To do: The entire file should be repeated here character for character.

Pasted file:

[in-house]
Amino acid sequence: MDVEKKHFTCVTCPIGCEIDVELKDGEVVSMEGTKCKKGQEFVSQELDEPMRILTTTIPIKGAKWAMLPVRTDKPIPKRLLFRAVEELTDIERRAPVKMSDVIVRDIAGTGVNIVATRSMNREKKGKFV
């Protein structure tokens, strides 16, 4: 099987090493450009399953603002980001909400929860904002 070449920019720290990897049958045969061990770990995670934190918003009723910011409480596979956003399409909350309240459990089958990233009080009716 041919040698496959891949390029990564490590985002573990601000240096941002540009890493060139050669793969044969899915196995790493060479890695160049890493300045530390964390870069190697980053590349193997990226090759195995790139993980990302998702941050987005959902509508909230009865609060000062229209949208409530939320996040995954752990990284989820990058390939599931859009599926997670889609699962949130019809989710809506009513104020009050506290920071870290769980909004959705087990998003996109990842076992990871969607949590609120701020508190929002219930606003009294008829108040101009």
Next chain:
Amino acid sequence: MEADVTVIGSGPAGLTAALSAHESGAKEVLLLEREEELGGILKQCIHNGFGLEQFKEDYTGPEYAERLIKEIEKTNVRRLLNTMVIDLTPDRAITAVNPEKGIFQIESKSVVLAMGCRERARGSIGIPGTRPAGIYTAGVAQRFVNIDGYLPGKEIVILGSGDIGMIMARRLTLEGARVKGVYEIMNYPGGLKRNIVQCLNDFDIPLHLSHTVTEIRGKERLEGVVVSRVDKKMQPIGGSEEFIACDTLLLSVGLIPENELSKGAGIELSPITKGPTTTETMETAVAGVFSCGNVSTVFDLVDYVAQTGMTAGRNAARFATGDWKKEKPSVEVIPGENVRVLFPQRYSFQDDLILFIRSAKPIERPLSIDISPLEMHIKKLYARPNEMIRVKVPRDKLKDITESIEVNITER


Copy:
[in-house]
Amino acid sequence: MDVEKKHFTCVTCPIGCEIDVELKDGEVVSMEGTKCKKGQEFVSQELDEPMRILTTTIPIKGAKWAMLPVRTDKPIPKRLLFRAVEELTDIERRAPVKMSDVIVRDIAGTGVNIVATRSMNREKKGKFV
């Protein structure tokens, strides 16, 4: 099987090493450009399953603002980001909400929860904002 070449920019720290990897049958045969061990770990995670934190918003009723910011409480596979956003399409909350309240459990089958990233009080009716 041919040698496959891949390029990564490590985002573990601000240096941002540009890493060139050669793969044969899915196995790493060479890695160049890493300045530390964390870069190697980053590349193997990226090759195995790139993980990302998702941050987005959902509508909230009865609060000062229209949208409530939320996040995954752990990284989820990058390939599931859009599926997670889609699962949130019809989710809506009513104020009050506290920071870290769980909004959705087990998003996109990842076992990871969607949590609120701020508190929002219930606003009294008829108040101009």
Next chain:
Amino acid sequence: MEADVTVIGSGPAGLTAALSAHESGAKEVLLLEREEELGGILKQCIHNGFGLEQFKEDYTGPEYAERLIKEIEKTNVRRLLNTMVIDLTPDRAITAVNPEKGIFQIESKSVVLAMGCRERARGSIGIPGTRPAGIYTAGVAQRFVNIDGYLPGKEIVILGSGDIGMIMARRLTLEGARVKGVYEIMNYPGGLKRNIVQCLNDFDIPLHLSHTVTEIRGKERLEGVVVSRVDKKMQPIGGSEEFIACDTLLLSVGLIPENELSKGAGIELSPITKGPTTTETMETAVAGVFSCGNVSTVFDLVDYVAQTGMTAGRNAARFATGDWKKEKPSVEVIPGENVRVLFPQRYSFQDDLILFIRSAKPIERPLSIDISPLEMHIKKLYARPNEMIRVKVPRDKLKDITESIEVNITER